- An approach involving informed consent or decision, based on a transparency obligation on protest committee members to declare any possible Conflict of Interest, and allowing:
- the parties to consent to that member continuing to hear the protest (regardless of how significant or severe the Conflict of Interest may appear); or
- the protest committee to decide that the Conflict of Interest is not ‘significant’, and having the member continue to hear the protest.
- The notion of significance of a Conflict of Interest, so that only those members who the protest committee decides have a significant Conflict of Interest are excluded from hearing a protest.
- Mandatory considerations for protest committees in deciding whether a Conflict of Interest is significant;
- A requirement that Conflict of Interest declarations [and any consent by parties or protest committee decision on significance] shall be included in the protest committee’s written decision to facilitate review and appeal.
- A special provision for World Sailing major events or other major events, that significance shall not be considered and no person who has a Conflict of Interest shall be a member of the protest committee.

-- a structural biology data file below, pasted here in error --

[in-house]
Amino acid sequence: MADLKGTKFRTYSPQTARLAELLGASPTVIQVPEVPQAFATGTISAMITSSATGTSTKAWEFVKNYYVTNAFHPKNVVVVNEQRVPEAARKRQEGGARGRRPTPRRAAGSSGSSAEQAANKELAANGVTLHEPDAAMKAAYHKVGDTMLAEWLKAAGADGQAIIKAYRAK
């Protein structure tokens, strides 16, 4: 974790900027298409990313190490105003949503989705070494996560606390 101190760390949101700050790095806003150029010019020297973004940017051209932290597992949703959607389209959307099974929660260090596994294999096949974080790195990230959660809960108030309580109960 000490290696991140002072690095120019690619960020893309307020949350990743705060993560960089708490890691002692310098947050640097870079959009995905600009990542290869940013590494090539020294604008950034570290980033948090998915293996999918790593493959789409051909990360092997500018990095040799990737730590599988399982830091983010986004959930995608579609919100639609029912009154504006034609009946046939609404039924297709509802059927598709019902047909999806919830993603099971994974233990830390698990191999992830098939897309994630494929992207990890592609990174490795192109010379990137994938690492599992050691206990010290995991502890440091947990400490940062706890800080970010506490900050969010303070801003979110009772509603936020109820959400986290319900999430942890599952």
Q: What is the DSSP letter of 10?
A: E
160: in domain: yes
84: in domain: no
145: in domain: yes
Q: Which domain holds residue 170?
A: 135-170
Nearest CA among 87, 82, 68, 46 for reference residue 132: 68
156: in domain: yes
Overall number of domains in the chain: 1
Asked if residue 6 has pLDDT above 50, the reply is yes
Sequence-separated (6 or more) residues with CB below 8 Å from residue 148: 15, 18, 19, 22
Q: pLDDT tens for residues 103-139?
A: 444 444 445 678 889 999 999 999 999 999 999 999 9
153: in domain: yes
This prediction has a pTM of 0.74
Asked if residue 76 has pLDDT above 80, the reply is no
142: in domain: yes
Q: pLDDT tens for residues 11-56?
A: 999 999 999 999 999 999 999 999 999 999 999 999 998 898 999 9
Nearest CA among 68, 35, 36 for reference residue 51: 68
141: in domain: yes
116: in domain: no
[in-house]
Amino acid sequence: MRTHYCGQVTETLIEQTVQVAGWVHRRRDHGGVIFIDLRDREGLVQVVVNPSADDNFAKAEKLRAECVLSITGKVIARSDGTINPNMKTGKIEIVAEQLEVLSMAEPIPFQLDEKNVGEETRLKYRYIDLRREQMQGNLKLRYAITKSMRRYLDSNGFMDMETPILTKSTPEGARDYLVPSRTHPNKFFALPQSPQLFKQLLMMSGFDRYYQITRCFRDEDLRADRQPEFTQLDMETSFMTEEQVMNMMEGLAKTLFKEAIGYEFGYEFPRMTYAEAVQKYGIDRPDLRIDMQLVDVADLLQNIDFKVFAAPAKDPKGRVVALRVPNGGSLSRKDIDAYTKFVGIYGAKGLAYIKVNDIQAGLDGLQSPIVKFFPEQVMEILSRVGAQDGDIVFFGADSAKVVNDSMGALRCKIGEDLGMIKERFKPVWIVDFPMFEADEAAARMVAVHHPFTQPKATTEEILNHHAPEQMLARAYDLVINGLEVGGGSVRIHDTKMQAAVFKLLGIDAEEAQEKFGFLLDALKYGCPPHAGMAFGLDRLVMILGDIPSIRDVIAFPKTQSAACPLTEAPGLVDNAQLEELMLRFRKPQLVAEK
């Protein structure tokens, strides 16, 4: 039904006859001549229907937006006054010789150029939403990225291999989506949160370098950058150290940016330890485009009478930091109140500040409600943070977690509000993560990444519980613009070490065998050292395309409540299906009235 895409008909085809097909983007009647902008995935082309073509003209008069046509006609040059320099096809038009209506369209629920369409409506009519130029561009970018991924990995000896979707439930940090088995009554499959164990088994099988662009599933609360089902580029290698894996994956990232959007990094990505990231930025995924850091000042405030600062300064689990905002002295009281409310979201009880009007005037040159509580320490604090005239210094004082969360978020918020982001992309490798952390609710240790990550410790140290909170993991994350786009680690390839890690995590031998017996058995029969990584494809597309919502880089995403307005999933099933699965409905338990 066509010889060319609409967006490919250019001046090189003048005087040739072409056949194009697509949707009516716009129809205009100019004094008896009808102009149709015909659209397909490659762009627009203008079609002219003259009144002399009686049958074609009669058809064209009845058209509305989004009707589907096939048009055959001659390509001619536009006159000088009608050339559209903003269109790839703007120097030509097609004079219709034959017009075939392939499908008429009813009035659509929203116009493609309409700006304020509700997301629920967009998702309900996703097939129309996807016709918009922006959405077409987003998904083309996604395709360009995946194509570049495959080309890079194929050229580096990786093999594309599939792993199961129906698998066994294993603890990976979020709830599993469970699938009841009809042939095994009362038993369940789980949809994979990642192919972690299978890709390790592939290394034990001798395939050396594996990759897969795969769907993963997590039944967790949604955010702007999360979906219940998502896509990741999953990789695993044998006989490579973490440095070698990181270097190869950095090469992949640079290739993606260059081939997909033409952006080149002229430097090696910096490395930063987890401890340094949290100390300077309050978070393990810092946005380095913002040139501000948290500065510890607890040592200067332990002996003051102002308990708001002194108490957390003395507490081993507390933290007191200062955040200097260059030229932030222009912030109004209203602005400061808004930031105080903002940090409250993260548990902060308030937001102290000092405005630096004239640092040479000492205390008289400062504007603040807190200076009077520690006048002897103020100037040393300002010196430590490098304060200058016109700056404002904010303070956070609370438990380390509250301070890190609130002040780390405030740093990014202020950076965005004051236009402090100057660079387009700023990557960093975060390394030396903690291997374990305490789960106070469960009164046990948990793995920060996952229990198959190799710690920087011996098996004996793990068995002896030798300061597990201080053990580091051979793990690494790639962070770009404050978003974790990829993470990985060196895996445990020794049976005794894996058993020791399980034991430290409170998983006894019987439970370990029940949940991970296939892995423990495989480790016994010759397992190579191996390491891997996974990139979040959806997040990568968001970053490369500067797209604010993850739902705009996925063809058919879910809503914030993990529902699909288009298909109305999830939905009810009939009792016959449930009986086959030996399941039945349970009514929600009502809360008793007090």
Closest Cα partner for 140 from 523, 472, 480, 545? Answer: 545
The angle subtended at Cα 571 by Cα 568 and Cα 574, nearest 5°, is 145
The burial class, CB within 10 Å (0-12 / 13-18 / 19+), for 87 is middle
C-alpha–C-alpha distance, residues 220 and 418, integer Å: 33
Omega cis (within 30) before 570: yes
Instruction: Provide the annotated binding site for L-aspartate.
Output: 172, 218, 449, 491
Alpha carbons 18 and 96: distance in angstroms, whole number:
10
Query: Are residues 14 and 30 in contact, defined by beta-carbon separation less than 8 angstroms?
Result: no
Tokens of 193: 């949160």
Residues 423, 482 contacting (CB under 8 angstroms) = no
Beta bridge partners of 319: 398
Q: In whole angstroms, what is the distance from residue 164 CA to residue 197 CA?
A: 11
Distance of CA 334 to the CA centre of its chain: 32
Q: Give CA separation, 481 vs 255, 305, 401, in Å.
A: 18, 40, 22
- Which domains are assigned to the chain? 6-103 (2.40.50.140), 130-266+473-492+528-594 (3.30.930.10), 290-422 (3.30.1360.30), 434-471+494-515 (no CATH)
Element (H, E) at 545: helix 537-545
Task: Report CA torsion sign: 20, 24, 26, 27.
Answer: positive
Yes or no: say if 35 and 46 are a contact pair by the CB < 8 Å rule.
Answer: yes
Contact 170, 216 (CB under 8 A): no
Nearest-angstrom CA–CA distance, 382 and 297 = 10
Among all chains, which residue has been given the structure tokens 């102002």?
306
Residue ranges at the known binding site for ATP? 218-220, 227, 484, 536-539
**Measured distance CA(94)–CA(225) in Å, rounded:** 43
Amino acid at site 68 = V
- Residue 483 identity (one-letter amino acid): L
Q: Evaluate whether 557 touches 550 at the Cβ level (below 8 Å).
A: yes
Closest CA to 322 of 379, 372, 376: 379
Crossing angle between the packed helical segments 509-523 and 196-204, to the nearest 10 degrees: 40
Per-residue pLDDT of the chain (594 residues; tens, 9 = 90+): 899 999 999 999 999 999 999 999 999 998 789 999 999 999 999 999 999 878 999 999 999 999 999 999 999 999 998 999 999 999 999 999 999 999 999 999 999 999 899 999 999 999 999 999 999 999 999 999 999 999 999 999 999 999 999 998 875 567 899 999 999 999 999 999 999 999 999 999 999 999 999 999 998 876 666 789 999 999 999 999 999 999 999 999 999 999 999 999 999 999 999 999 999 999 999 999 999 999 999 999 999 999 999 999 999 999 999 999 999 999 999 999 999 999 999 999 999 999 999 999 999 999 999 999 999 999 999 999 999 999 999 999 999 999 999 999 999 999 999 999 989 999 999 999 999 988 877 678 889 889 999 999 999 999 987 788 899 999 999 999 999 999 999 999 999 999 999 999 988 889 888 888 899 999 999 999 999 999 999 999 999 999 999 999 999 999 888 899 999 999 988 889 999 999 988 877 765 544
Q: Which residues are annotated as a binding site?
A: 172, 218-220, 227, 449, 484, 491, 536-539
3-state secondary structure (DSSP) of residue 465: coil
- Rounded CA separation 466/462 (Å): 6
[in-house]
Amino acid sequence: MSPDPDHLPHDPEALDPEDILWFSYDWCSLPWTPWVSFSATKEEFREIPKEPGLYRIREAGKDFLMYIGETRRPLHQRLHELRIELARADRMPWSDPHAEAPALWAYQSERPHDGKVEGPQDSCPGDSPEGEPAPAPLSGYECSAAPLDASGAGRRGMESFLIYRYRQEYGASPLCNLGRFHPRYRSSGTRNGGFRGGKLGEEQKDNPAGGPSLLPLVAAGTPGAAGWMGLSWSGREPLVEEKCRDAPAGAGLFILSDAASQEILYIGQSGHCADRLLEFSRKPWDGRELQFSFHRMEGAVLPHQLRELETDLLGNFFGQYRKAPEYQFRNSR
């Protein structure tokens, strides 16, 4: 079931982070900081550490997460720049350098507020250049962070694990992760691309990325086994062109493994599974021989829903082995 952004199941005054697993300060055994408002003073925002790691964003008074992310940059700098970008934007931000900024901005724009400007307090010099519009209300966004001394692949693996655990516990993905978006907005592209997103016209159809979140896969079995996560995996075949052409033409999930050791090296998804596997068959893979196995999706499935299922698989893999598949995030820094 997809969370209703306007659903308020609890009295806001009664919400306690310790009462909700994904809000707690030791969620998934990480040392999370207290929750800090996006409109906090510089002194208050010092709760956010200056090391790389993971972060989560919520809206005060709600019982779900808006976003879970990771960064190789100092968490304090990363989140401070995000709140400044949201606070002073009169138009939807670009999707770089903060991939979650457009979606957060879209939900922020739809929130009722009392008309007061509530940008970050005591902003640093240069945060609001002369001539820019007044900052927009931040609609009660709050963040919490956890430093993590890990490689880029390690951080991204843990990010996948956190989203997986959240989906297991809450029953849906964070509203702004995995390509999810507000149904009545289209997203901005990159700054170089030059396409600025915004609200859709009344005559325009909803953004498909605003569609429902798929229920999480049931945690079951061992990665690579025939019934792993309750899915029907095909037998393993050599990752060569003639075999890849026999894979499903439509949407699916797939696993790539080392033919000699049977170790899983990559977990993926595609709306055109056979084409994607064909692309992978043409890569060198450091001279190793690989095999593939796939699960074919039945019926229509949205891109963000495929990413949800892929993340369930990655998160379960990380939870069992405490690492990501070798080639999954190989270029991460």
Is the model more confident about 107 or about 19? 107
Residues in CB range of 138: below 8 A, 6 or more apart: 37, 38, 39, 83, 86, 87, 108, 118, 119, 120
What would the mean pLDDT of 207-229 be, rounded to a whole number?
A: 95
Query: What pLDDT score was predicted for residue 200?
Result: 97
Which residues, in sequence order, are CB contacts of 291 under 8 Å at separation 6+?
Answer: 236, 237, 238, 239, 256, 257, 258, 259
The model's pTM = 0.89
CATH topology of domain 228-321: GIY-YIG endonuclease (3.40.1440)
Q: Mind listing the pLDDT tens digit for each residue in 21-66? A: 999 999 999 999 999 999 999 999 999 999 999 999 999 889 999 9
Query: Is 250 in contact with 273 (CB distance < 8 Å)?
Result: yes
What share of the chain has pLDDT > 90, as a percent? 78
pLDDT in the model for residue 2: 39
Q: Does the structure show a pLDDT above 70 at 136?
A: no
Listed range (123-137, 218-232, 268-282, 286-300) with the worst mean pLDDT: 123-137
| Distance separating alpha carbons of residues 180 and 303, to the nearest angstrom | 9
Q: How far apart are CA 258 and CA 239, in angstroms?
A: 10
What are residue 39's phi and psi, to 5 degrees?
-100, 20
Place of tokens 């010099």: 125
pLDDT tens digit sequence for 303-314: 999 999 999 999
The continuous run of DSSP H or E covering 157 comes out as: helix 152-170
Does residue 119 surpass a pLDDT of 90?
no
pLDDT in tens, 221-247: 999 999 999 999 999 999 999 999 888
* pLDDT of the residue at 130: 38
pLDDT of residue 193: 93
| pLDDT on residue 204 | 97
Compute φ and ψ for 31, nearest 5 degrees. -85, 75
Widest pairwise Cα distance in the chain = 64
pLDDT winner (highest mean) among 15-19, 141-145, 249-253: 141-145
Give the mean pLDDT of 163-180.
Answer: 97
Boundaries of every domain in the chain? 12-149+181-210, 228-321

Rules 60.2 and 60.3 about the acceptance of reports as the basis of protests merely substitute the phrase ‘person with a conflict of interest’ or ‘interested party’, with no change in meaning. Rule 60.4 now similarly prohibits a Technical Committee from relying on a report from a person with a Conflict of Interest
Reasons for Changes
The reasons for the changes are set out in WS Submission to Council 203-15, including:
2. A ‘hard line’ rule on conflict of interest is not practical at all events, especially for club events that depend on volunteer members and others who frequently have some degree of conflict. The submission reflects the reality and as is therefore a significant improvement over the current rule. The new rule will also cause protest committees to address the issue of conflict more frequently.
3. The current ISAF Conflict of Interest Guidance that applies to ISAF Race Officials recognises the need for some flexibility to suit different events. This submission is consistent with that guidance.
4. The proposal introduces the concept of the parties being able to consent to the protest committee members, having been fully informed of the conflict.
5. The protest committee may also decide that a conflict is not material, depending on the level of conflict and the level of the event. A Case will be drafted to help interpret ‘material’ as it would be too cumbersome to include all the considerations in the rule itself. Some of the concepts from the currently approved Conflicts of Interest Guidance administered by a working party of the ROC will be used to ensure consistency.